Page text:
People were taken by the ‘Integrative Thinking’ concept right from the start, but for many it remained too abstract and the practitioner examples too remote. It did not translate all that well to young executives, some of whom barely understood what a CEO did. They were motivated by stories of brilliant leaders, such as Jack Welch and A. G. Lafley, and understood that there was some magical thinking process to get to the solutions, but they could not understand what that process was or how they might use it themselves.
Roger and I decided that we wanted to dive into the methodology. We wanted to figure out, if Integrative Thinking did not come naturally to everyone, what steps would enable individuals to learn it in a repeatable way and to apply it in team situations. The Opposable Mind had focused on individual leaders, as an elegant way to illustrate the concept, but individuals rarely operate alone. In fact, we are increasingly asked to bring together cross-functional and diverse teams to solve problems, as organizations recognize the value in bringing different perspectives to bear on problems.
Team dynamics greatly complicate decision making. In the worst cases, you wind up with a bunch of people with different perspectives and the loudest voice or the most senior person wins. This tends to be the outcome unless there are methodologies to really leverage the different perspectives in the room. Typically, people come into the room clear on the answer they like best; if others have a different answer, they must convince the team that their answer is right, using all of the traditional tools of argument, having meetings before the meetings, and, this is my favourite, pretending that we agree – despite a fundamental disagreement someone will say, "I think you're really both saying the same thing." Of course, we are not saying the same thing, but we are all nice people and think a good meeting is a meeting where there is no conflict. So, the course of action is compromised.
The other complication in group decision making comes from the belief that the ‘data’ will propel us to the right answer, that we should be able to rationally and unemotionally assess all of the data available and come to a shared clarity about the right answer. Unfortunately, that's a fundamental misunderstanding of how we engage with each other and about the nature of data.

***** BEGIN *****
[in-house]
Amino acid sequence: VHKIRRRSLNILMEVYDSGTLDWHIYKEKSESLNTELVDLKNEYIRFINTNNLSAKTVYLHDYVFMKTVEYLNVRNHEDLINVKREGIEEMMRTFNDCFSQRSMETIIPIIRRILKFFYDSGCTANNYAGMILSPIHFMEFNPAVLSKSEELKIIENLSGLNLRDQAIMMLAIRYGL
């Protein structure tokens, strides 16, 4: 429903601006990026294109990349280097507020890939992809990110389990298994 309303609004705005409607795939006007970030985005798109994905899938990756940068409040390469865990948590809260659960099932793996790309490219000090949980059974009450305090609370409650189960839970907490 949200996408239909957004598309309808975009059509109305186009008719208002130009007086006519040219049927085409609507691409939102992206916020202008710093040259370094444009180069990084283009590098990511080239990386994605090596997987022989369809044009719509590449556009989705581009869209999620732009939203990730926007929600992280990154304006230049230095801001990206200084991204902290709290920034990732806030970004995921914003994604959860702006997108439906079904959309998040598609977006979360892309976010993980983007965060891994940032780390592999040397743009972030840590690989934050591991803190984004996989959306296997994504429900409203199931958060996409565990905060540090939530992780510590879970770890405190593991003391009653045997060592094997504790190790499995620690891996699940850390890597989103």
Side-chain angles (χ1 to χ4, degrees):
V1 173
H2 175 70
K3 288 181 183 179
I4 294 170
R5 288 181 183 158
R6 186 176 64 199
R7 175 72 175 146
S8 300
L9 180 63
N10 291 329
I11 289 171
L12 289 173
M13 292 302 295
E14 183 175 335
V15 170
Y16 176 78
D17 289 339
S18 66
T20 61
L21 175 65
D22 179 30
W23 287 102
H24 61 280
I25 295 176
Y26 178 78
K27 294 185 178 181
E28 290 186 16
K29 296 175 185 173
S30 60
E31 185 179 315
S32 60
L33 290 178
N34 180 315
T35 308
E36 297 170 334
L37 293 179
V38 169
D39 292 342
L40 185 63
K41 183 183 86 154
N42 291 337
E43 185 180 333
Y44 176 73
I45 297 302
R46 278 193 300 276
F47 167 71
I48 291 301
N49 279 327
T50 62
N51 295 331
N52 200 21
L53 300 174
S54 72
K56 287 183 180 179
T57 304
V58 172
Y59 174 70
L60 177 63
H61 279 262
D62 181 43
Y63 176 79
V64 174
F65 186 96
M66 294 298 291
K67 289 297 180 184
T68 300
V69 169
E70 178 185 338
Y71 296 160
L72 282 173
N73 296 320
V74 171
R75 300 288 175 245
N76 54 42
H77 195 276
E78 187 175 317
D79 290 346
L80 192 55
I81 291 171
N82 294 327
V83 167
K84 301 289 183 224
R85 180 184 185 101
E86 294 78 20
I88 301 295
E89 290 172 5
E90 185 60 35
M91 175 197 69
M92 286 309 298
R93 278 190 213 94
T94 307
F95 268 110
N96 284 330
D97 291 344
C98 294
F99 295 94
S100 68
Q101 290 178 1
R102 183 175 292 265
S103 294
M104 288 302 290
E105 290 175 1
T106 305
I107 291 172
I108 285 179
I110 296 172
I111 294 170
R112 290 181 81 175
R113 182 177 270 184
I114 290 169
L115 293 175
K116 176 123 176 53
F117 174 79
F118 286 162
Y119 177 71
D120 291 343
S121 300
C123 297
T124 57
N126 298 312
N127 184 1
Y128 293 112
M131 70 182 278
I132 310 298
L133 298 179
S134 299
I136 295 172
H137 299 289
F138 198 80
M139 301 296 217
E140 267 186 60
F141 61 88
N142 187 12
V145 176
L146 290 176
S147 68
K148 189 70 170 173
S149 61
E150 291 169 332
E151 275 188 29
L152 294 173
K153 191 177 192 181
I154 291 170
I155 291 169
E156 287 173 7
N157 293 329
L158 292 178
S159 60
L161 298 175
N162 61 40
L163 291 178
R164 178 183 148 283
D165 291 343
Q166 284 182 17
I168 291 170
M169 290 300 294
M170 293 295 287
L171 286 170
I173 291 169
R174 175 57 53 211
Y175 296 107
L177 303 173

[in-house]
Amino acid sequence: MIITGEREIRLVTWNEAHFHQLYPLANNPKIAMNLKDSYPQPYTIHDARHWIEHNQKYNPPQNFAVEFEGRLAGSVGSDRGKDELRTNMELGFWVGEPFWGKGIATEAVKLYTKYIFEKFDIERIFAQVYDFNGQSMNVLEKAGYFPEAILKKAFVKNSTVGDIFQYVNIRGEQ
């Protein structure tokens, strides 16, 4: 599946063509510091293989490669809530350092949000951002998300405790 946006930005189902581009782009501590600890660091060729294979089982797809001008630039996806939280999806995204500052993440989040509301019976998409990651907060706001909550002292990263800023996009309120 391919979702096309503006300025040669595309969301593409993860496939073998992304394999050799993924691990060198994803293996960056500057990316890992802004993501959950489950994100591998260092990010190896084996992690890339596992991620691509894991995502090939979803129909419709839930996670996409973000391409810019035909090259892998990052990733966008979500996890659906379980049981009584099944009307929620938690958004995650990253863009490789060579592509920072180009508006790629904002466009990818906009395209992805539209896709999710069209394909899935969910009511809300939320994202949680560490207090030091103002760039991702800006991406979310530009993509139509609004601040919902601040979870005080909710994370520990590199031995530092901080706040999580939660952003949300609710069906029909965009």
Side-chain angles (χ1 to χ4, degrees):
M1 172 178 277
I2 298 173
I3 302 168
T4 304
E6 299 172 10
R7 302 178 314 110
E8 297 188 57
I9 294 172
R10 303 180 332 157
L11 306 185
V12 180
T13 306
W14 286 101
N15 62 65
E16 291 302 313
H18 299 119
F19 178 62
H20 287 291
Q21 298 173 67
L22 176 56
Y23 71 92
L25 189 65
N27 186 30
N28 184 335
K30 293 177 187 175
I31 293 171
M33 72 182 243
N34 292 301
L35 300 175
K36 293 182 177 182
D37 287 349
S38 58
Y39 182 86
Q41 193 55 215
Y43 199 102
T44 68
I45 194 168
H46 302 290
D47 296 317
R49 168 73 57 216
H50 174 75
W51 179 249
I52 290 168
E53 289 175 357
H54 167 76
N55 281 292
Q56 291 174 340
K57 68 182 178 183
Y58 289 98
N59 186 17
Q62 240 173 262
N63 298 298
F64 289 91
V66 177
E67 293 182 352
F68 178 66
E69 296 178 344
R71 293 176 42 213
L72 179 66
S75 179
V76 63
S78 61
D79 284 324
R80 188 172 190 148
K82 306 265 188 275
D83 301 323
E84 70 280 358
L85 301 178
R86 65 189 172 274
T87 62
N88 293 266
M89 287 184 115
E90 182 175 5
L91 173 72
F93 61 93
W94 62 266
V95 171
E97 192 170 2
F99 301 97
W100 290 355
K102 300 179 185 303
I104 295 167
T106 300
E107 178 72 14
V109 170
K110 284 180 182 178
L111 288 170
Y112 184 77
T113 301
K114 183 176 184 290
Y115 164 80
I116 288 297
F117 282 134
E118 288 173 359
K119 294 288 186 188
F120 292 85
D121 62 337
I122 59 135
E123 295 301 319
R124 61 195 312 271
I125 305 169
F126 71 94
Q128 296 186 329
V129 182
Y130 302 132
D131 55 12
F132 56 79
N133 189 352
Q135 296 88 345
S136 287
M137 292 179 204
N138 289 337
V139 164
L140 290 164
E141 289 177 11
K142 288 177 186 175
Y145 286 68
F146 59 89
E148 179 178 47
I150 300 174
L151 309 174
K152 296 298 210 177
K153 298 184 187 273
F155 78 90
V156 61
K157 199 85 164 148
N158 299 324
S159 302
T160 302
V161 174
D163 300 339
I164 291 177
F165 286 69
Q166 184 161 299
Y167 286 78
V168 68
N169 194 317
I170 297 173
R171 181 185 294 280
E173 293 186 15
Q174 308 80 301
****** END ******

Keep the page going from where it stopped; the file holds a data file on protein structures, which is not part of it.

Data is a human construct. We have chosen to collect some information and not others and we have interpreted it to mean something. The notion that all human beings could look at the same data and come to the same answer may be true in a scientific experiment with controlled variables but is a fallacy when we're talking about things like how consumers behave. In a complex and adaptive social system, it is really hard to arrive at a shared understanding of what the data really is, let alone what it means, let alone what we should do on that basis.
We see a good meeting as one where we think together, where we're able to dive deep and actually leave the room with a better answer than the opposing answers we came in with. It is an approach where we say, and mean, “I want to have a conversation with you about this idea,” rather than “All I want is for you is to listen to my brilliance for an hour and then nod yes.” It is a way of engaging with the complexity of ideas that acknowledges there are many different possible answers. And our job is not so much to choose between them, as to work together to create better answers than we have today.
Taking this approach, we have worked with business students and executives from a broad array of industries, on problems of all types. We have also extended to the application beyond business, working with teachers; we have trained about a thousand educators over the last five years to use Integrative Thinking processes in their own classrooms on whatever subject matter they happen to be teaching.
Going broader still, in 2016 Roger joined the Martin Prosperity Institute to consider the shaky foundations of ‘democratic capitalism’ – further shaken since by the rise in populism and political extremism – and to apply Integrative Thinking principles to help solve some of the tensions between free market capitalism and liberal democracy. At MPI, we have been considering ways of innovating within the system of democratic capitalism and really thinking about how we can create better answers that ensure its longevity. Why? It is not that we believe democratic capitalism is perfect (it is definitively not), but it must be superior to the alternatives.
One key issue for the future will be how to turn traditional low-wage, low-skill service jobs into jobs that provide scope for creativity and independent judgement. In doing so, we can make those jobs more valuable. How do we think about a service-based economy that creates something other than a horribly divided society? This is a problem that could use some Integrative Thinking.